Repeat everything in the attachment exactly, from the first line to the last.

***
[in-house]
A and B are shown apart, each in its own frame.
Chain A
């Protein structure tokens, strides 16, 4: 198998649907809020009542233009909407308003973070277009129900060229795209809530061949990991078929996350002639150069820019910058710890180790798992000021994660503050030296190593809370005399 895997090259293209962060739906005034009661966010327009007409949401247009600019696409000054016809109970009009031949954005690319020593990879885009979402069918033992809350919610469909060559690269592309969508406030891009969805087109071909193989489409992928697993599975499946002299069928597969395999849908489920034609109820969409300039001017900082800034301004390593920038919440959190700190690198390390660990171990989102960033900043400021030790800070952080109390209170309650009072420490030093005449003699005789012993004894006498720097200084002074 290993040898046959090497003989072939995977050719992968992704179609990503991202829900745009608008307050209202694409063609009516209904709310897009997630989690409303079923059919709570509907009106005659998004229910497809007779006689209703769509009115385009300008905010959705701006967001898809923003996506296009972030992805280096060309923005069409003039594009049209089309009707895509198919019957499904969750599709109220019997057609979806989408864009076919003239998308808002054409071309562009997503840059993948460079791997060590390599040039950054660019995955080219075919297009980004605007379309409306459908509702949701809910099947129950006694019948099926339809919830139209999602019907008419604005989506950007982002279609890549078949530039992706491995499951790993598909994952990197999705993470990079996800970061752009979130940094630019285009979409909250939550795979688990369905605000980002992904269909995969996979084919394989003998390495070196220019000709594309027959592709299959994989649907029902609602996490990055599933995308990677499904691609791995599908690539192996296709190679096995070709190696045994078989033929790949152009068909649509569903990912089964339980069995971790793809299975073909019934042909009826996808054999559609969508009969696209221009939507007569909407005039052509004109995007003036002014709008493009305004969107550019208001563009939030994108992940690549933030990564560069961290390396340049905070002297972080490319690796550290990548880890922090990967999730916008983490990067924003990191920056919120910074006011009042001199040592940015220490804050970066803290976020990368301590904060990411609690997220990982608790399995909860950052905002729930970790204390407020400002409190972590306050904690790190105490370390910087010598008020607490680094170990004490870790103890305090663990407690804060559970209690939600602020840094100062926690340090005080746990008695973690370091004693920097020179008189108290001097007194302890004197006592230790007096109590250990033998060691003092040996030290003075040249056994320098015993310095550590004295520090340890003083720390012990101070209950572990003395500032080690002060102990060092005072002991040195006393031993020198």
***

[in-house]
A and B are shown apart, each in its own frame.
Chain A
């Protein structure tokens, strides 16, 4: 198998649907809020009542233009909407308003973070277009129900060229795209809530061949990991078929996350002639150069820019910058710890180790798992000021994660503050030296190593809370005399 895997090259293209962060739906005034009661966010327009007409949401247009600019696409000054016809109970009009031949954005690319020593990879885009979402069918033992809350919610469909060559690269592309969508406030891009969805087109071909193989489409992928697993599975499946002299069928597969395999849908489920034609109820969409300039001017900082800034301004390593920038919440959190700190690198390390660990171990989102960033900043400021030790800070952080109390209170309650009072420490030093005449003699005789012993004894006498720097200084002074 290993040898046959090497003989072939995977050719992968992704179609990503991202829900745009608008307050209202694409063609009516209904709310897009997630989690409303079923059919709570509907009106005659998004229910497809007779006689209703769509009115385009300008905010959705701006967001898809923003996506296009972030992805280096060309923005069409003039594009049209089309009707895509198919019957499904969750599709109220019997057609979806989408864009076919003239998308808002054409071309562009997503840059993948460079791997060590390599040039950054660019995955080219075919297009980004605007379309409306459908509702949701809910099947129950006694019948099926339809919830139209999602019907008419604005989506950007982002279609890549078949530039992706491995499951790993598909994952990197999705993470990079996800970061752009979130940094630019285009979409909250939550795979688990369905605000980002992904269909995969996979084919394989003998390495070196220019000709594309027959592709299959994989649907029902609602996490990055599933995308990677499904691609791995599908690539192996296709190679096995070709190696045994078989033929790949152009068909649509569903990912089964339980069995971790793809299975073909019934042909009826996808054999559609969508009969696209221009939507007569909407005039052509004109995007003036002014709008493009305004969107550019208001563009939030994108992940690549933030990564560069961290390396340049905070002297972080490319690796550290990548880890922090990967999730916008983490990067924003990191920056919120910074006011009042001199040592940015220490804050970066803290976020990368301590904060990411609690997220990982608790399995909860950052905002729930970790204390407020400002409190972590306050904690790190105490370390910087010598008020607490680094170990004490870790103890305090663990407690804060559970209690939600602020840094100062926690340090005080746990008695973690370091004693920097020179008189108290001097007194302890004197006592230790007096109590250990033998060691003092040996030290003075040249056994320098015993310095550590004295520090340890003083720390012990101070209950572990003395500032080690002060102990060092005072002991040195006393031993020198």